Bank reconciliations before the existence of accounting software were often performed in a “4 column” format, with the following column headings:  Beginning Balance, Deposits, Checks, Ending Balance.  This format allowed the accountant or bookkeeper to quickly identify reconciliation issues because each column would then be totaled to agree to the bank’s totals.  This would mean that you could tell if your error was in the checks or in the deposits section of your bank reconciliation.  With accounting software, even though the process is the same, your ability to identify errors is reduced.  A lot of software packages will try to give you hints, but sometimes the hints add to the confusion.  In addition, with accounting software, you can fail to mark items that have cleared and still appear to have correctly performed a bank reconciliation.  This occurs when you or your CPA make journal entries to correct errors, but the journal entries and the errors themselves never get marked as cleared.  I have seen bank reconciliations with un-cleared transactions going back 5 years!  Obviously, this cannot be even factually true, and it means that whoever is performing the bank reconciliations does not understand their function very well.

Aside from ensuring the accuracy of your general ledger cash balances, timely and accurate bank reconciliations are one of the most important elements of your internal control system.  Stale items or unusual outstanding items at period end can indicate financial fraud.  Cash accounts are involved in 93% of all frauds, which is why auditors are trained to search for and identify unusual transactions when reviewing bank reconciliations.  Management review of bank reconciliations is a critical function, but often managers don’t actually know what to look for.  If this describes you, contact your CPA and ask them to show you how to perform this kind of review and what to document, and I’ll offer a few tips below.

Now, back to the 10 minutes I have allotted for the bank reconciliation:  open up your reconciliation tab in your accounting software and enter the period end date and the bank statement balance where indicated.  Make sure that you have the software set up NOT to show transactions for periods after this date.  Mark all of the transactions as cleared.  Now, working backwards, take your bank statement and identify the last check which cleared, and breaks in the check sequences and unmark those checks which haven’t cleared.  Then, enter any automatic debits that you haven’t yet recorded in your books, but which are shown on your bank statement.  Check the last deposit in your books to see if it has cleared the bank.  If not, unmark deposits that have not cleared.  Enter your interest earned and any bank charges shown on the bank statement.  Not in balance yet?  Scan the bank statement for any surprises, such as NSF checks and deposit errors.  Most of the time, the bank reconciliation has now been balanced and is ready to be printed (yes, always print or pdf it because certain software may not allow you to do this later, and your CPA wants it and so does the IRS if you are ever audited).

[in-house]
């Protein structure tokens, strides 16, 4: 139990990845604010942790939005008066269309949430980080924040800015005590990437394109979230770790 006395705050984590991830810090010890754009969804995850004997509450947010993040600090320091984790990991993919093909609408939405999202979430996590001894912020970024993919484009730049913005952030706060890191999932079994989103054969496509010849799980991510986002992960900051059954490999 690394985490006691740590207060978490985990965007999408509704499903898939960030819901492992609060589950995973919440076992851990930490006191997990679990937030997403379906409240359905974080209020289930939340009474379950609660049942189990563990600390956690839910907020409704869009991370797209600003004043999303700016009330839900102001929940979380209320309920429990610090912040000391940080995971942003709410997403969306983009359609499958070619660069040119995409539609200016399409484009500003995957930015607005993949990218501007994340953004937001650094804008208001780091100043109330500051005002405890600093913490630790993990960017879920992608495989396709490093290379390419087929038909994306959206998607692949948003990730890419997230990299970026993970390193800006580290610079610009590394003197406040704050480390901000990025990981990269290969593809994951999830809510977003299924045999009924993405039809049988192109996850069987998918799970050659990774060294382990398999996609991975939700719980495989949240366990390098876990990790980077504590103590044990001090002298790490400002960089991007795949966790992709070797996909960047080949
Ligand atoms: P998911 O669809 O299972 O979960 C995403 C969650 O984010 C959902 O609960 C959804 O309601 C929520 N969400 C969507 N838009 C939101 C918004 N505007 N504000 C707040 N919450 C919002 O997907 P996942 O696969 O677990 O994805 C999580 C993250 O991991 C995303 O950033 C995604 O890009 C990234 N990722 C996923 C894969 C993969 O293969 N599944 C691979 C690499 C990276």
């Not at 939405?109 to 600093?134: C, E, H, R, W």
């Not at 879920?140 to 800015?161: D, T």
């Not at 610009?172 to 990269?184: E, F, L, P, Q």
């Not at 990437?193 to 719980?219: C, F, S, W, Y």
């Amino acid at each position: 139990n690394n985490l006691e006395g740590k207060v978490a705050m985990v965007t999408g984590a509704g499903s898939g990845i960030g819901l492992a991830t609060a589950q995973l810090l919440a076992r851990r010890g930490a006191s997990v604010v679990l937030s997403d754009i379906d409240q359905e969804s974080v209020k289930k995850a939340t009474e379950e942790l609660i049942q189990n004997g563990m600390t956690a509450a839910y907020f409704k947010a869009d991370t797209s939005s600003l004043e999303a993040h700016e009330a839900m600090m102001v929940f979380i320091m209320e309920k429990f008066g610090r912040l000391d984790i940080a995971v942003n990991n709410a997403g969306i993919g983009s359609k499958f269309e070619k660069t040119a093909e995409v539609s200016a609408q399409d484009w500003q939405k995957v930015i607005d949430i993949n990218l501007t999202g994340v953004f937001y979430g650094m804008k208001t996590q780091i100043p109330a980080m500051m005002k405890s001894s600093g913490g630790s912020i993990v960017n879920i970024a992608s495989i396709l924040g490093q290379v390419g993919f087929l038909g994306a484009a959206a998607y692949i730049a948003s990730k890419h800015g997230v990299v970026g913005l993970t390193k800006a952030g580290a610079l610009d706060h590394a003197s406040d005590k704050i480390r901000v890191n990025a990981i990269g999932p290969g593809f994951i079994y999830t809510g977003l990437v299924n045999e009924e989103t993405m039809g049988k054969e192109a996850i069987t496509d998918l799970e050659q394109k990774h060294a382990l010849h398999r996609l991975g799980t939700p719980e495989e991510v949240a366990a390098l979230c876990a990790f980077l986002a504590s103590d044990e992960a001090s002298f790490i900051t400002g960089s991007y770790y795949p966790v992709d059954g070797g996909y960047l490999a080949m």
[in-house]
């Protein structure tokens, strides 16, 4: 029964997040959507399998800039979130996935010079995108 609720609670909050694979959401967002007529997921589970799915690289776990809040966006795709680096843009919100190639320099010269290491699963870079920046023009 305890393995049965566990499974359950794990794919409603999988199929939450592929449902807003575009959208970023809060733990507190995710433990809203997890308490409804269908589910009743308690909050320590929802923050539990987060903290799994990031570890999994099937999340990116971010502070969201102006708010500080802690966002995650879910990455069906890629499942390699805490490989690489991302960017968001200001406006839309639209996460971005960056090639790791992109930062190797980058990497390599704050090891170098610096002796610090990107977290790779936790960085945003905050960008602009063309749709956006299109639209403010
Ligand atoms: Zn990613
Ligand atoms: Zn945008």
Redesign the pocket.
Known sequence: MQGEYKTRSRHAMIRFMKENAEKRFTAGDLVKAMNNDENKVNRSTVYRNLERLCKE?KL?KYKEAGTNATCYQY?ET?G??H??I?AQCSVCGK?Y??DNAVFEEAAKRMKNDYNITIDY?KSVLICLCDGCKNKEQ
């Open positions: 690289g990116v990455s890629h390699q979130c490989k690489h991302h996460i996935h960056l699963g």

If you are still out of balance at this point, it is now time to check each item from the books to the bank, one by one.  Again, I usually start backwards because it is generally the month-end transactions that are the culprit.  Remember that your books trump all, so you use your book transactions as your source and compare that to what has cleared the bank, not vice versa.

Once in balance, the bank reconciliation is now ready for management review.  The business owner or manager should confirm that only current transactions are listed in the outstanding checks.  Checks older than 6 months are considered stale.  Usually, these are errors or duplicates that have not been corrected, but if not, Oregon businesses are required to turn over any unclaimed payments to the State Department of Lands.  If you see any unusual outstanding checks, or any “corrections” entered immediately after month end, this could indicate fraud.  Likewise, outstanding deposits or transfers among accounts that are from a prior period or are immediately reversed after month end could also indicate fraud. Scan through all the transactions listed and make sure that the totals appear reasonable in comparison to your typical monthly volume and dollar amounts of transactions, and that check sequences make sense.  Scan check payees to make sure you recognize the vendors.  Review the payroll entries and trace them back to the payroll reports provided by your service bureau.  And, even though most bank reconciliations are performed by the same person who recorded the transactions (your bookkeeper), make sure that this person IS NOT a check signer.